What parents need to know
Parents Need to Know
Parents need to know that Brink is an online-focused first-person shooter, but that it's not a military simulation. Characters have a cartoonish appearance, and the action isn’t quite as realistic as in other shooters, such as the Call of Duty games. That said, a small amount of blood is depicted when soldiers take hits and they often cry out in pain. Plus, you can shoot wounded soldiers lying on the ground waiting for help. There is some cussing heard in the game. Parents should also note that this game supports open online play, a feature that Common Sense Media does not recommend for pre-teens.
What's it about?
Set on a floating city in the near future, BRINK imagines a world flooded by an environmental catastrophe with the last remnants of humanity duking it out for supremacy. One side, labeled simply “security,” is trying to maintain the city's status quo, while a second, the resistance, thinks that the floating town’s higher-ups are hoarding resources. Neither side is obviously right or wrong. Players can choose which faction they wish to become a part of as they fight through the campaign, which is played out on the game's expansive multiplayer maps. Missions can be undertaken with computer-controlled bots or human-controlled avatars for allies. Both solo and online games see players actively switching between several classes, including soldiers, medics, operatives, and engineers. Each has their own special abilities and often only one type is capable of completing a given objective.
Is it any good?
Brink brims with good ideas. Players move smoothly through environments, climbing walls and leaping over objects with grace simply by holding down a bumper button. A deep class system forces players to rely on each other to accomplish specific objectives, exchange status bonuses, and even use teamwork to locate and disarm enemy mines. And its graphic novel-like character models are nothing if not memorable.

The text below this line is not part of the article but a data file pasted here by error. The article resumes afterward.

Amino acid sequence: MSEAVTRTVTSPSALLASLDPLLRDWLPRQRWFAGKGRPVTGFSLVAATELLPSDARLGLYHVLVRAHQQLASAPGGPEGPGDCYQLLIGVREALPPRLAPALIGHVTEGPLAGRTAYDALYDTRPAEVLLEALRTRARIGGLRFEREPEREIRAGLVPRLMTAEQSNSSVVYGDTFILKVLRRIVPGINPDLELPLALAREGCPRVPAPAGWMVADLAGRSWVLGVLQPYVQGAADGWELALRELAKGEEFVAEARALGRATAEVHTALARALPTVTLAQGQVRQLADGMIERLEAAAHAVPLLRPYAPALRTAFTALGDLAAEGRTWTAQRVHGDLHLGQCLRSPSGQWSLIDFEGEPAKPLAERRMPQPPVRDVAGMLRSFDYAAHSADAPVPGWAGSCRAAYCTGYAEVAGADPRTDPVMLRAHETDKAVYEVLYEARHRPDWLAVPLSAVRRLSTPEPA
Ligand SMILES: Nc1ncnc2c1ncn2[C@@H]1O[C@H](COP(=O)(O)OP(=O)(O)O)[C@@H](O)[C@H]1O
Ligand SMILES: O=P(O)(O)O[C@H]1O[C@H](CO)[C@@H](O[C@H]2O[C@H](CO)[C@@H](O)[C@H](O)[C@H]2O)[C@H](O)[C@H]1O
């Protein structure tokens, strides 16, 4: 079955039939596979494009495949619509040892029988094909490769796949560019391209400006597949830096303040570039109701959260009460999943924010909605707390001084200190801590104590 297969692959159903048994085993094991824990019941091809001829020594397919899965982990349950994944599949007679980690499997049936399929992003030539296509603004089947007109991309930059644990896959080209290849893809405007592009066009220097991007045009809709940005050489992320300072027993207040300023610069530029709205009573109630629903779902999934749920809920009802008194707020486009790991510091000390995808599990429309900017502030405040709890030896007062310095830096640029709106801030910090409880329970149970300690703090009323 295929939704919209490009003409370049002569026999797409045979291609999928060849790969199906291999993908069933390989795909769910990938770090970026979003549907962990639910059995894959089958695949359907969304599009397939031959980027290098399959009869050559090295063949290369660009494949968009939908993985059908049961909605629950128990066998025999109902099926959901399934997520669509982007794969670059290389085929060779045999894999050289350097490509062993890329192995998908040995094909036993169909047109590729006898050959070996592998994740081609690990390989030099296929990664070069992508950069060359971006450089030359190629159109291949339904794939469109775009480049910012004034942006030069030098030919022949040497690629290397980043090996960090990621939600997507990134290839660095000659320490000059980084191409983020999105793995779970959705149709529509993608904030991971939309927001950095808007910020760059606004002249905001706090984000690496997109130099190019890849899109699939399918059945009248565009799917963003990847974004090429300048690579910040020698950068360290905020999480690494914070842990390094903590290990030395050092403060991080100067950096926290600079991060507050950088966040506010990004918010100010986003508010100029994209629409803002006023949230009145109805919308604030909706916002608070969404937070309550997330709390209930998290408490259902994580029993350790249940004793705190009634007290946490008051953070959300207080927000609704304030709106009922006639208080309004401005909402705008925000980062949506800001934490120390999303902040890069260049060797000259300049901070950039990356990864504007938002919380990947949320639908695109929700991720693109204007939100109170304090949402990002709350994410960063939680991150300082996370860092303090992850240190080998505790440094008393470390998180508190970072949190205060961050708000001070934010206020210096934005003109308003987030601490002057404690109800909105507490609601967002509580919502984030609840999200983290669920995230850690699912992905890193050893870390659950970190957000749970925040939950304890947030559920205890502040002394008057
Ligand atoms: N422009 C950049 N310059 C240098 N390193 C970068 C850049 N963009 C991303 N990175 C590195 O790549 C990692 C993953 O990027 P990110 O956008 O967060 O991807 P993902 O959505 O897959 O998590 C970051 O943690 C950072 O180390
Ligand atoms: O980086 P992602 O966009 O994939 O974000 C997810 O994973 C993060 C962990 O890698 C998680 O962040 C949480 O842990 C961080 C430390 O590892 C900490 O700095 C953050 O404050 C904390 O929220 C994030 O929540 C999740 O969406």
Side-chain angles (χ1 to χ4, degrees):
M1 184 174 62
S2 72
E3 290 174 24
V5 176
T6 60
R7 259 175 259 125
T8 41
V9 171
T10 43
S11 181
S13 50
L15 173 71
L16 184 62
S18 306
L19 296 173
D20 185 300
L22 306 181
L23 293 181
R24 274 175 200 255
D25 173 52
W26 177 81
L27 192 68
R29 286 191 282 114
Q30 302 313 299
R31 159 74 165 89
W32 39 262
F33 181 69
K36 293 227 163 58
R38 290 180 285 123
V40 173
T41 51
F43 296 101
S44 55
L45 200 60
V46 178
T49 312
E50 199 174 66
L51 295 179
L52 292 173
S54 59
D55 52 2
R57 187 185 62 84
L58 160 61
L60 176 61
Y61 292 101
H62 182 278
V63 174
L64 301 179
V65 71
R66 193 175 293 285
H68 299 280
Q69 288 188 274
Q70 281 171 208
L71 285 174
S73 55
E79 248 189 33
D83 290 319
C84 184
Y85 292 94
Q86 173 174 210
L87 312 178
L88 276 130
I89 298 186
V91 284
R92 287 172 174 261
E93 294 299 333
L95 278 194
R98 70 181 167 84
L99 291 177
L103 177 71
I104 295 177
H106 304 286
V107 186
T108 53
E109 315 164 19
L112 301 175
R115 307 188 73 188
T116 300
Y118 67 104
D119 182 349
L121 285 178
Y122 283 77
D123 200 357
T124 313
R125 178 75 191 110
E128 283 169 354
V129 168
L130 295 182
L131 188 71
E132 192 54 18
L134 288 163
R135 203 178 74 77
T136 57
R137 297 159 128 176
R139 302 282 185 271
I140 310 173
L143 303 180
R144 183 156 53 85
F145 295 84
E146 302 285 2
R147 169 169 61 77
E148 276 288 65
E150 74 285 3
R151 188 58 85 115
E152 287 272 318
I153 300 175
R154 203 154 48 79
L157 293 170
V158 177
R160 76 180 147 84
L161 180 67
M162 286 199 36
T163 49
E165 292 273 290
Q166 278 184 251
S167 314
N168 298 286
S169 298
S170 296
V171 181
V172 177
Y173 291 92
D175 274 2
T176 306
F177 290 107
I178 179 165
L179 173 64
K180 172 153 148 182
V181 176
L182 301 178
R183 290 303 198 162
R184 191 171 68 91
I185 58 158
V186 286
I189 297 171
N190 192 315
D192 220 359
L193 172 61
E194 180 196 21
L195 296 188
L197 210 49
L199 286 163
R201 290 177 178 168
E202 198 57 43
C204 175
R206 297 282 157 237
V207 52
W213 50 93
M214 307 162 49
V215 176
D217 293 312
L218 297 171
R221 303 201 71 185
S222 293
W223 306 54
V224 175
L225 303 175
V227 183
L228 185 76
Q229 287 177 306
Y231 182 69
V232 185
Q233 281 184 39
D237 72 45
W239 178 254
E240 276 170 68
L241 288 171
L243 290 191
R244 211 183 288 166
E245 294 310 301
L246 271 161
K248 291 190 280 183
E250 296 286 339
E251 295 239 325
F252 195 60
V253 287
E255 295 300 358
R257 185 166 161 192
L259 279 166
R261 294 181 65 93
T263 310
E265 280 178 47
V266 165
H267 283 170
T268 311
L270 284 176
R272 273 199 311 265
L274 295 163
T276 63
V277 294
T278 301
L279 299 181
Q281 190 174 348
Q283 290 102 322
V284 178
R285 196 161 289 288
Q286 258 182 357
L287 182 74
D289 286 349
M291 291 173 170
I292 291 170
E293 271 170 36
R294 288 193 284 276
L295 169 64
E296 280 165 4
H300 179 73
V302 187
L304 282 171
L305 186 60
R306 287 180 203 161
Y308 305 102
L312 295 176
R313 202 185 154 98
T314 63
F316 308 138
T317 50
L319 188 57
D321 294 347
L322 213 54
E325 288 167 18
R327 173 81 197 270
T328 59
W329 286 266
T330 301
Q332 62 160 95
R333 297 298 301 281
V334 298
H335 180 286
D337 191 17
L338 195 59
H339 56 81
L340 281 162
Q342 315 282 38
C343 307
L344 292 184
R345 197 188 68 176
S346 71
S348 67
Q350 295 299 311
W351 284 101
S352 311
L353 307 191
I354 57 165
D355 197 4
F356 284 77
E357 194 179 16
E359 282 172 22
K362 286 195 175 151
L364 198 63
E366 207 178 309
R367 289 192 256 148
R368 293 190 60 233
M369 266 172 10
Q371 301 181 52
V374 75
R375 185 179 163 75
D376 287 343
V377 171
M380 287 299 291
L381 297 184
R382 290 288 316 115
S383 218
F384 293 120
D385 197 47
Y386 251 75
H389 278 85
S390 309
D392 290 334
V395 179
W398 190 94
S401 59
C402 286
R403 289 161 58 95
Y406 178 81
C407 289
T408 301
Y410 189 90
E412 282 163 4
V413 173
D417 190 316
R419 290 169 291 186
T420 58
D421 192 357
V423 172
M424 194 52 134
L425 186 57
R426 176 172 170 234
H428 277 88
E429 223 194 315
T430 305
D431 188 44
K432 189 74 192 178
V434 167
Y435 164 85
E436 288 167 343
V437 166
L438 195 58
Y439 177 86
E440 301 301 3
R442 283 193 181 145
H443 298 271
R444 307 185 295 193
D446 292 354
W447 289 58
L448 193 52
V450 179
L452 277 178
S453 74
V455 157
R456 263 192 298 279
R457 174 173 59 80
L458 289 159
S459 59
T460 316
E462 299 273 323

Unfortunately, it's also hampered by several significant issues. Weapons feel weak and unsatisfying. Default movement speeds are frustratingly slow. Maps are designed to force whole teams through narrow choke points into confined areas, encouraging face-to-face gunfights and discouraging subtle strategies. And while there are dozens of class upgrades, few earned abilities feel as though they confer a significant battlefield advantage. Brink has plenty of potential, but it goes largely unrealized.
Online interaction: Though it can be played offline with computer controlled characters, most players will spend the vast majority of their time online, where they can freely communicate with each other using headsets. Open voice chat means players may be exposed to inappropriate language and topics of conversation, and could potentially share personal information with one another.
Families can talk about...
Families can talk about violence in games. Are violent games with a cartoonish look less worrisome than those that strive for graphical realism? How do you determine how much violence is too much when evaluating whether a game is safe for your kids?
Families can also discuss online safety. How do you ensure you remain safe while chatting with strangers?